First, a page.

Perhaps I can illustrate with some of my findings today. Reading a recent article by a young comparative philosopher who's part of a special discussion critiquing the Eurocentrism of the discipline of academic philosophy (so much for the republic of letters!) I've been asked to write a short comment on, I learned all sorts of fun things, including that the late 18th century Chinese novel 野叟曝言 narrated a Confucian hero's takeover of the world; it ends in the establishment of the most purely Confucian society of them all - in Europe!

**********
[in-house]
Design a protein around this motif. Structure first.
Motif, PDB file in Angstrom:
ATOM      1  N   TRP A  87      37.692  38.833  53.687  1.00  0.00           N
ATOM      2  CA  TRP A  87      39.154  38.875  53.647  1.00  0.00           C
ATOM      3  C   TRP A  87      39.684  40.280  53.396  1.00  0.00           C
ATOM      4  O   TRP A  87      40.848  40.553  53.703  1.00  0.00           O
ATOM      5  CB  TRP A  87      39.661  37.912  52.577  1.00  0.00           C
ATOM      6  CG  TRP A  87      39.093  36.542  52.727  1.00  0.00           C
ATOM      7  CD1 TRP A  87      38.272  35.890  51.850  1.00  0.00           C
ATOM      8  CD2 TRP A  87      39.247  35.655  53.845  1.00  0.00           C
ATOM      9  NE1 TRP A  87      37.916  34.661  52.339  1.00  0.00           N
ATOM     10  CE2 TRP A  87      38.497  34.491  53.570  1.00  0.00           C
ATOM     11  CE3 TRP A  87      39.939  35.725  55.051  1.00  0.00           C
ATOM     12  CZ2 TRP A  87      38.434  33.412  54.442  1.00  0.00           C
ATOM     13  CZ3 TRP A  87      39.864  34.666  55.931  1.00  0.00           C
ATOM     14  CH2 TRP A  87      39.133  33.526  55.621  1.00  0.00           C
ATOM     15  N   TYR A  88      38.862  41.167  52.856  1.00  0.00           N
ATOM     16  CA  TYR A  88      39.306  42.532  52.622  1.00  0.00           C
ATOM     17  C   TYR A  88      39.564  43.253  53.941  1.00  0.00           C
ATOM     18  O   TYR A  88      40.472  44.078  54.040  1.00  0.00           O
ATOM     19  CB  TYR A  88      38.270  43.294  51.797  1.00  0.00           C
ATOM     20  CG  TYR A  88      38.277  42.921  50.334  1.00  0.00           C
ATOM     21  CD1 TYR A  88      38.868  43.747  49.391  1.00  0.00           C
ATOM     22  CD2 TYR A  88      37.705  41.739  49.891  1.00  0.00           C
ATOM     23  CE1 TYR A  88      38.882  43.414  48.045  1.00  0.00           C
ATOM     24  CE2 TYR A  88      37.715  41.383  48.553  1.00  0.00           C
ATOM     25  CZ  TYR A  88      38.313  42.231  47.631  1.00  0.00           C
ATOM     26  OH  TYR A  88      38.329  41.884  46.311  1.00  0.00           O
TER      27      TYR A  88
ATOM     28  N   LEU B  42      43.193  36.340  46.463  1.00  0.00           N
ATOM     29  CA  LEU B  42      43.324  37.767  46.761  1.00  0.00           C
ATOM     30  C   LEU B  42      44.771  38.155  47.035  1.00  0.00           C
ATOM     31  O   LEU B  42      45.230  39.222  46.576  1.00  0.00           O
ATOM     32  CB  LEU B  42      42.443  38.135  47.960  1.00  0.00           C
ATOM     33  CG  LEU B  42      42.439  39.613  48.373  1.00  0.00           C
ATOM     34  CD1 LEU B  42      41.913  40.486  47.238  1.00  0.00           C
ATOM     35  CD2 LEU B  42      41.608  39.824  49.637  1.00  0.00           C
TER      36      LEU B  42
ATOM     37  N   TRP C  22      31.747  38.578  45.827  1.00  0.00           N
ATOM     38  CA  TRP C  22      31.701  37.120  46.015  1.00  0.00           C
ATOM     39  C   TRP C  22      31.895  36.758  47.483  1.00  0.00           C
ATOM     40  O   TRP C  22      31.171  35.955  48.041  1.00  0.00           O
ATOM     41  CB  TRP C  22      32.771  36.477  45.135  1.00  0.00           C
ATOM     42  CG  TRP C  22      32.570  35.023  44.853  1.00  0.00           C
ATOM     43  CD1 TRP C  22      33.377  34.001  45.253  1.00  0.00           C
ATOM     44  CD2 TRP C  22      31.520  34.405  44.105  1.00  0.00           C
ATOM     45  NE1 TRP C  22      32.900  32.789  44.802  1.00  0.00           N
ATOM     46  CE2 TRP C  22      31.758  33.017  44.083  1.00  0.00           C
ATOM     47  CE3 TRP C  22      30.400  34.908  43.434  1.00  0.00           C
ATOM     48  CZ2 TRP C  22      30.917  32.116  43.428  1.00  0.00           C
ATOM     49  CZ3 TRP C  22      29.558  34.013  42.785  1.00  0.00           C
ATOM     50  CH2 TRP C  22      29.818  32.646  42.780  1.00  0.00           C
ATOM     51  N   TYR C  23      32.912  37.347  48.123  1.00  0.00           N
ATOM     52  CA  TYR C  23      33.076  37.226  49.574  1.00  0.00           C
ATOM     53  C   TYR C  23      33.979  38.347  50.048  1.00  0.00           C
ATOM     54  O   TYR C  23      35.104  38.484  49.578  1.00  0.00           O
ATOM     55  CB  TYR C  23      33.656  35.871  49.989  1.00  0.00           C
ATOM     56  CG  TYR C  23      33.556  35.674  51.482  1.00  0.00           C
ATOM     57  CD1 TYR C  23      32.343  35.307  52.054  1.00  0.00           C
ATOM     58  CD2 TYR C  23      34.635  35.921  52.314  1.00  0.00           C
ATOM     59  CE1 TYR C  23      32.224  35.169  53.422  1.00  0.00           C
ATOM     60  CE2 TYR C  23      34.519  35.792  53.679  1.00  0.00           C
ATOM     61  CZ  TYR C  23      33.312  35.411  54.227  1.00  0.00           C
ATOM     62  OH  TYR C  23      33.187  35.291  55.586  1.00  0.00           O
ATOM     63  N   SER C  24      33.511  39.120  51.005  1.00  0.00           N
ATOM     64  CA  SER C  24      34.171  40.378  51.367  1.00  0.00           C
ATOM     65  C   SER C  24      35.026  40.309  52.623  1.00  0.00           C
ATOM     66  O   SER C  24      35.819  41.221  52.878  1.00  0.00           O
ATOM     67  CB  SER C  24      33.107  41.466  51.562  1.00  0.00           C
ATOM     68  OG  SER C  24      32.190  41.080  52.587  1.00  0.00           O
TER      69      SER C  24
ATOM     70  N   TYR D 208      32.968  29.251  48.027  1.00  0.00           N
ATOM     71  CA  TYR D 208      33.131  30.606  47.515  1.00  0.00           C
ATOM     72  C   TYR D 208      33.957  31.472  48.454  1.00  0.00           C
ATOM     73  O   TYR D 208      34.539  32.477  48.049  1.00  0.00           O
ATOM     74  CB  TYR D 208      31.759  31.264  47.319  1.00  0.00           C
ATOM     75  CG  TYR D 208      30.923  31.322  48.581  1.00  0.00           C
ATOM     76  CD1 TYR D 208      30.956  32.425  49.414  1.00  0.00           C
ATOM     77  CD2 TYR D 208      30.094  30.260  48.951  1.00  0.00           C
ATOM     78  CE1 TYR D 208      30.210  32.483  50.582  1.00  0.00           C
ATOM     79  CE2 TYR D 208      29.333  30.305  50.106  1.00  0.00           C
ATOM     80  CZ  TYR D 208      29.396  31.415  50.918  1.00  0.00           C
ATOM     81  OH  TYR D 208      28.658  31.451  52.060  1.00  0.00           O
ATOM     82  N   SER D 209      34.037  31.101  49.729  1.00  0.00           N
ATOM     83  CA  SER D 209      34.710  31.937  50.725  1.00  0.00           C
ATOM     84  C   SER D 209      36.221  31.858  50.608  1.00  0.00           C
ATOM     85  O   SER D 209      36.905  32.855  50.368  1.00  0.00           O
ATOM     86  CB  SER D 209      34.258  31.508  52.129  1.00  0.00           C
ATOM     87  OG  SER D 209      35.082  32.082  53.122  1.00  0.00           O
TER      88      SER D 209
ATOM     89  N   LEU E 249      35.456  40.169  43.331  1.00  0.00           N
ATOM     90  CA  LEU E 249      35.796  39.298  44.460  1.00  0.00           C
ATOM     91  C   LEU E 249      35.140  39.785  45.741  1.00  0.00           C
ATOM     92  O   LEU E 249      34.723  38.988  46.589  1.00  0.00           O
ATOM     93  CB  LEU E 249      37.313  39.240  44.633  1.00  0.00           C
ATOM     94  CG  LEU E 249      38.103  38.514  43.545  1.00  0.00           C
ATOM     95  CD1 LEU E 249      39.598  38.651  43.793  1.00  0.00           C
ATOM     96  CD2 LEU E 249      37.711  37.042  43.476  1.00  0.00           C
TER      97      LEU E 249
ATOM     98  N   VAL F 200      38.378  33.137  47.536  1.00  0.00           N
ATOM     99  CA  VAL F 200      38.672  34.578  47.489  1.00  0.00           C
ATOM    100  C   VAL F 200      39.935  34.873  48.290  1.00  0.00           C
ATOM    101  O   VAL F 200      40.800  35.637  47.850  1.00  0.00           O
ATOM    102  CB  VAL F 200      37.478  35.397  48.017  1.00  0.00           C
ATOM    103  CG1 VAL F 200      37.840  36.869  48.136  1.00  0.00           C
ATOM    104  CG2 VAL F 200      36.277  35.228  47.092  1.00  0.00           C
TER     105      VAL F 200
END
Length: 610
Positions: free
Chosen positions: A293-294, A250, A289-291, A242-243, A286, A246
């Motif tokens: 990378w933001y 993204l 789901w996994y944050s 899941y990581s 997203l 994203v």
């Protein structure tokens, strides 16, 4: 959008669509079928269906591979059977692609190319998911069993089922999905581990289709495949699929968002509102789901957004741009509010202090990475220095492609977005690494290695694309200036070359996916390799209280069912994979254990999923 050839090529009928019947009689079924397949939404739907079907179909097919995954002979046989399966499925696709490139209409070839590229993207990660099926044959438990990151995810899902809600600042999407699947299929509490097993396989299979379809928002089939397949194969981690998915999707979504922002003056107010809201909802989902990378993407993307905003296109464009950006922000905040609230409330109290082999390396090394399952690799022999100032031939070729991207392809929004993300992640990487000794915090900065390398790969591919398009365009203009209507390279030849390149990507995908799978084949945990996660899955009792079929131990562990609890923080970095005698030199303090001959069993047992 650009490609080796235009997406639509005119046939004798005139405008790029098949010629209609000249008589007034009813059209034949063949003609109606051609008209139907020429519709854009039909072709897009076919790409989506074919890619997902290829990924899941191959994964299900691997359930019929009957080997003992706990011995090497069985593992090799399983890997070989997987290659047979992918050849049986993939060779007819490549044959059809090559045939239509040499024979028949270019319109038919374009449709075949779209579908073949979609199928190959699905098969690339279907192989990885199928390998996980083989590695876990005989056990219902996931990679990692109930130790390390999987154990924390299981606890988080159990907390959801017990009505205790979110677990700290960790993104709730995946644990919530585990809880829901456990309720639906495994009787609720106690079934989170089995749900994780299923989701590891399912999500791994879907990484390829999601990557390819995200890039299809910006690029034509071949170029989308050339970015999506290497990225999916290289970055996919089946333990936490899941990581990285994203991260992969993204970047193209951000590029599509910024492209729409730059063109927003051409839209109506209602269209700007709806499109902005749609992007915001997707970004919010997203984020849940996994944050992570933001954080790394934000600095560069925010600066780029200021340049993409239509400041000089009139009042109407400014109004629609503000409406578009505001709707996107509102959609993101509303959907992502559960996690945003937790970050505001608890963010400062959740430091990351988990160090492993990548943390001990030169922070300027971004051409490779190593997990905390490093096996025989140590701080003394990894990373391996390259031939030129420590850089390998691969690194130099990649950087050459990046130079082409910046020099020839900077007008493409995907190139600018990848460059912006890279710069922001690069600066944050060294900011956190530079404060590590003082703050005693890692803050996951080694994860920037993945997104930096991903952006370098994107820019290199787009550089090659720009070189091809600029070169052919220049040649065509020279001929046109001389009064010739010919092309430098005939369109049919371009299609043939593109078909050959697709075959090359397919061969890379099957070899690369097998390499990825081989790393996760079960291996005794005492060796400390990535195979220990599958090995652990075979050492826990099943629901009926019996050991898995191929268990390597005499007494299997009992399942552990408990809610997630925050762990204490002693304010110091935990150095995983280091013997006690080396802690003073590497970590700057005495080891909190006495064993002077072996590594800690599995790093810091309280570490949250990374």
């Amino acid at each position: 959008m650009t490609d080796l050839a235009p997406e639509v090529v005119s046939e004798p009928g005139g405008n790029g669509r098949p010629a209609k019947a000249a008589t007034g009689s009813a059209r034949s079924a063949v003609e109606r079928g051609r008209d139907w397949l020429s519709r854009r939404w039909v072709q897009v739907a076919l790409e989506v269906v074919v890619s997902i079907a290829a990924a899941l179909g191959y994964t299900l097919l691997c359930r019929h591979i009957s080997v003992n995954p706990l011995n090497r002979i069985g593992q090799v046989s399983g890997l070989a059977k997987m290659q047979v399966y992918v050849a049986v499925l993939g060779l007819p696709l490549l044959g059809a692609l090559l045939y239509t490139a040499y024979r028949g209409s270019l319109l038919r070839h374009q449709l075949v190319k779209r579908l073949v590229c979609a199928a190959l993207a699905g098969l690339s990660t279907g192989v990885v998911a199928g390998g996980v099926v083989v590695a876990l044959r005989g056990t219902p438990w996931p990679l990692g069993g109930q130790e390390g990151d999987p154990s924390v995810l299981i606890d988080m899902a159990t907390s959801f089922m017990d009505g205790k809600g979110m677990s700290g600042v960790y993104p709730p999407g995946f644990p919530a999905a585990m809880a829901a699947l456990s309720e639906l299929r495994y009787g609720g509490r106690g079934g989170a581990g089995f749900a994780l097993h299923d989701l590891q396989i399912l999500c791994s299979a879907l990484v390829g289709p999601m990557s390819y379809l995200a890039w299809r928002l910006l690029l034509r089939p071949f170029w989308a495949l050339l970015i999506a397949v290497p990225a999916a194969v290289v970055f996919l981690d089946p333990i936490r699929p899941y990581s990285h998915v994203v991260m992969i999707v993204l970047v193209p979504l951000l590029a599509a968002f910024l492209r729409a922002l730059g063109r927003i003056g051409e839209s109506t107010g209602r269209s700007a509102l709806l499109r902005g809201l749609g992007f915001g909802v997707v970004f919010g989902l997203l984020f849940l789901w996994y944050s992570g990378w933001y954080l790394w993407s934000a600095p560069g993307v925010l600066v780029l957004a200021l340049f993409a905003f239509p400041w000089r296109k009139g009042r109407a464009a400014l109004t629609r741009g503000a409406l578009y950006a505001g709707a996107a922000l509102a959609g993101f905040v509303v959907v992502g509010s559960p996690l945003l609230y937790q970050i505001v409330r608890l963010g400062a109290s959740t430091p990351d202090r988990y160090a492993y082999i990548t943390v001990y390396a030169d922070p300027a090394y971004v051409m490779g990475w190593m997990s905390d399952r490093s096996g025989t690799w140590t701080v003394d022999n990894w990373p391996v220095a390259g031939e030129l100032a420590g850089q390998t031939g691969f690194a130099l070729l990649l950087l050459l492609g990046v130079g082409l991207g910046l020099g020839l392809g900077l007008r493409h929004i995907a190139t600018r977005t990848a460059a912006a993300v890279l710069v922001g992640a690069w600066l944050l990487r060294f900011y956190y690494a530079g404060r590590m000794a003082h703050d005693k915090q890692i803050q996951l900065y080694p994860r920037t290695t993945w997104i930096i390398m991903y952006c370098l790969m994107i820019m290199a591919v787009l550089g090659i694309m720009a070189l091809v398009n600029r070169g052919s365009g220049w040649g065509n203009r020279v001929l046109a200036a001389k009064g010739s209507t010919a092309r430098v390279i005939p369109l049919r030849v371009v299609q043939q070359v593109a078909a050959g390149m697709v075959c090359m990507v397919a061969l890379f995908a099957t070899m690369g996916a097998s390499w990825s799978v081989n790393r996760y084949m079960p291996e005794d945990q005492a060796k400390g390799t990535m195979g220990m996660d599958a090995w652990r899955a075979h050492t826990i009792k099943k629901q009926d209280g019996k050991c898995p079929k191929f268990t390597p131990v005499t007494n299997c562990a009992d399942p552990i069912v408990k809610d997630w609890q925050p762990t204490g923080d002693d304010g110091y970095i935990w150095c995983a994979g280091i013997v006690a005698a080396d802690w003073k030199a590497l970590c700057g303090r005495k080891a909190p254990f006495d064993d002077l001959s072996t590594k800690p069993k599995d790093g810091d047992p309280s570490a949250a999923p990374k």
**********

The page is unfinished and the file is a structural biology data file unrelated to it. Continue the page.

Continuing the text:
I was also introduced to exciting ideas of one of this comparative philosopher's graduate school classmates, who's used Chinese traditions to suggest that philosophy might flourish if it moved from metaphors of conflict to those of play and the communities of aesthetic creativity and enjoyment. Following up one of her recent works (I'll have to wait until I'm back in NYC next week to actually read it, since UCSD doesn't have a copy of the book) I found it was in a book edited by one of my college classmates from undergraduate days, with whom I've long lost touch. Inhabiting these shelves, journals and databases are my people, known and unknown, forgotten and remembered.